Q. What about agriculture? Current conventional practices often lead to land degradation and massive deforestation. What is happening to address non-sustainable agriculture on a global scale?
A. The environmental pressures from global agriculture are indeed enormous.
The demand for food is rising, in large part because of population growth and rising incomes that give millions of once-low income people the means to eat richer diets. Global demand for beef and for animal feed, for instance, has led farmers to cut down huge chunks of the Amazon rain forest.
Efforts are being made to tackle the problems, and a slew of announcements are coming this week at the Paris climate conference.
The biggest success has arguably been in Brazil, which adopted tough oversight and managed to cut deforestation in the Amazon by 80 percent in a decade. But the gains there are fragile, and severe problems continue in other parts of the world, such as aggressive forest clearing in Indonesia.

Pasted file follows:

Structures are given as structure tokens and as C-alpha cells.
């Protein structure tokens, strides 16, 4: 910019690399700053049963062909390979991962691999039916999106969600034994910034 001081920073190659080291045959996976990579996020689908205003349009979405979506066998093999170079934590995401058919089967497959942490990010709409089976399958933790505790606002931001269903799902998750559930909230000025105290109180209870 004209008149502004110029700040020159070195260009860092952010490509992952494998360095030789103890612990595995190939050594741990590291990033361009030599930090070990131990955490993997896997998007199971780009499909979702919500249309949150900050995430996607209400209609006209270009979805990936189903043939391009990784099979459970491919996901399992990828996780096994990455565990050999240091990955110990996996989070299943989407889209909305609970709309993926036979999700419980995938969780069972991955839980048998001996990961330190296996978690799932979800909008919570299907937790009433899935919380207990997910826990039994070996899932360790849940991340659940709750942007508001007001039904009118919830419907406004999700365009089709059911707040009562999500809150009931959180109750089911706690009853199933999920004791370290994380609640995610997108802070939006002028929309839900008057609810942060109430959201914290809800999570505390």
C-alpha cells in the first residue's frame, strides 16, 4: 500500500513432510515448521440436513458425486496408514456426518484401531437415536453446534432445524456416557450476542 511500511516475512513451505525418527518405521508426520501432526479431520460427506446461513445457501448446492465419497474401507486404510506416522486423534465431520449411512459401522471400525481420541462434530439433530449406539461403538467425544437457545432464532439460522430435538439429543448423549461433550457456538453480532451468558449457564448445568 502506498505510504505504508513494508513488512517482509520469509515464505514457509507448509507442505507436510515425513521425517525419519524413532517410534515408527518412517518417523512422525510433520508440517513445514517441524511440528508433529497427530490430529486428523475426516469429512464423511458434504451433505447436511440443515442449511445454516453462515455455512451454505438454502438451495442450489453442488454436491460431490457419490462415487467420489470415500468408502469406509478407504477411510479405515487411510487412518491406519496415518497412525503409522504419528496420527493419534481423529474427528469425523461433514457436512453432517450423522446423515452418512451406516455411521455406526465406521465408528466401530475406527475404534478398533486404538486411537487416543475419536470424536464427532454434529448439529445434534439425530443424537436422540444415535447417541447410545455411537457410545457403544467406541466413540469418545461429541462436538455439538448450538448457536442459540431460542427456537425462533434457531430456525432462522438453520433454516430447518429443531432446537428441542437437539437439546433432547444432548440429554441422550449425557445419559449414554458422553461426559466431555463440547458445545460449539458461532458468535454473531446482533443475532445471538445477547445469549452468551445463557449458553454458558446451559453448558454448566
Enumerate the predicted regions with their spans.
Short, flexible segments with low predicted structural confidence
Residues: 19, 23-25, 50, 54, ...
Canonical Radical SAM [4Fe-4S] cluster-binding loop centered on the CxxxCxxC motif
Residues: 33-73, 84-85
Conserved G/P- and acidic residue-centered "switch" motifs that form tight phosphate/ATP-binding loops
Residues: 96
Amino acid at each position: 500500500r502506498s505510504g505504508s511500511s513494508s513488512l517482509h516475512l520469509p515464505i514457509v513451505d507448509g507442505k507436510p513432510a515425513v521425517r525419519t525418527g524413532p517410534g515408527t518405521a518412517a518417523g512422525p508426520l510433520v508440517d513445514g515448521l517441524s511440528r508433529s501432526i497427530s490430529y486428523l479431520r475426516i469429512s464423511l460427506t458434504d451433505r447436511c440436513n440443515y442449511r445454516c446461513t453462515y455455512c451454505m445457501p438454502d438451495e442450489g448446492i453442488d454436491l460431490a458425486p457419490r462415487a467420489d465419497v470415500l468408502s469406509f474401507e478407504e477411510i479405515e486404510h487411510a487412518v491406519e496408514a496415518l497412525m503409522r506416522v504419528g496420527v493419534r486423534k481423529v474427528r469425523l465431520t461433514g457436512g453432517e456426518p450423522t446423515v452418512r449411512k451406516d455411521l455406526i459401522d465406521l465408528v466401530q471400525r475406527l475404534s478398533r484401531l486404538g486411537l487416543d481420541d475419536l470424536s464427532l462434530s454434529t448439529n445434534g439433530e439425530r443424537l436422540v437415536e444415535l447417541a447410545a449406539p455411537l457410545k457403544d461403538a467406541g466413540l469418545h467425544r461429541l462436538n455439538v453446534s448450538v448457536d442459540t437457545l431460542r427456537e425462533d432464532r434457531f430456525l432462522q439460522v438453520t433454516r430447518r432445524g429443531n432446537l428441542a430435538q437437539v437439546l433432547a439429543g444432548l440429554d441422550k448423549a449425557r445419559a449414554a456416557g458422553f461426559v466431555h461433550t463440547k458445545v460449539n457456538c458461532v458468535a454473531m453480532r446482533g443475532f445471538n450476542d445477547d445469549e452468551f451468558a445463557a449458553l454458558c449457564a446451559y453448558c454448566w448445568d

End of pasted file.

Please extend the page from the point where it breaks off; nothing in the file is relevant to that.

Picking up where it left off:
Last year, scores of companies and organizations, including major manufacturers of consumer products, signed a declaration in New York pledging to cut deforestation in half by 2020, and to cut it out completely by 2030. The companies that signed the pact are now struggling to figure out how to deliver on that promise.
Many forest experts at the Paris conference see the pledge as ambitious, but possible. And they say it is crucial that consumers keep up the pressure on companies from whom they buy products, from soap to ice cream.
Although only 5% of South Africa’s beef is produced away from feedlots, getting official “grass-fed” certification for small holder farmers is a struggle with the Department of Agriculture. So says Mpumelelo Ncwadi, co-founder of the Indwe Trust; an organisation working to strengthen smallholder farmers in South Africa.
According to Ncwadi, 95% of South Africa’s beef is produced on feedlots where animals are fattened with maize-based food (unnatural to cows whose natural diets should be grass-only) and antibiotics.
Here’s why gaining a “grass-fed” certification from the Department of Agriculture is a struggle for small holder farmers.
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